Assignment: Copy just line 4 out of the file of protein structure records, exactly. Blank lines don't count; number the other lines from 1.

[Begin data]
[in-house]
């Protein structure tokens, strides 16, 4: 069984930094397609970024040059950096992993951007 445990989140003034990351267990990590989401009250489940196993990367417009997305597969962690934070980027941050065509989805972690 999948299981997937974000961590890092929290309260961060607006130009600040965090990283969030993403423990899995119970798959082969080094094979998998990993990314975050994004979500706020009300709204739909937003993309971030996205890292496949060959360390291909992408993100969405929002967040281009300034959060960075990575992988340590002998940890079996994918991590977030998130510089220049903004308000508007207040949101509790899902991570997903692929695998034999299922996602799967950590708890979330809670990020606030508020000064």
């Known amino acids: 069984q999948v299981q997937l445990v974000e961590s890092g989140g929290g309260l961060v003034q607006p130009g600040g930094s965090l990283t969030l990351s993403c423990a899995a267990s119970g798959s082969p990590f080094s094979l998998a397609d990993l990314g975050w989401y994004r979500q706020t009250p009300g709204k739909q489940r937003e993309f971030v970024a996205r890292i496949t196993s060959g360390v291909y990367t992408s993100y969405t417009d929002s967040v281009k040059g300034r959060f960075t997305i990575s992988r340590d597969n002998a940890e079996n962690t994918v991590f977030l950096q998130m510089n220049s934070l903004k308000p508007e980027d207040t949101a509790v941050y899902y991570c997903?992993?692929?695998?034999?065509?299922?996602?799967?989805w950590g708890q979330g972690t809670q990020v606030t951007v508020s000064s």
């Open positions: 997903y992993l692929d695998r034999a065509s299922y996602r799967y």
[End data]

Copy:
């Open positions: 997903y992993l692929d695998r034999a065509s299922y996602r799967y």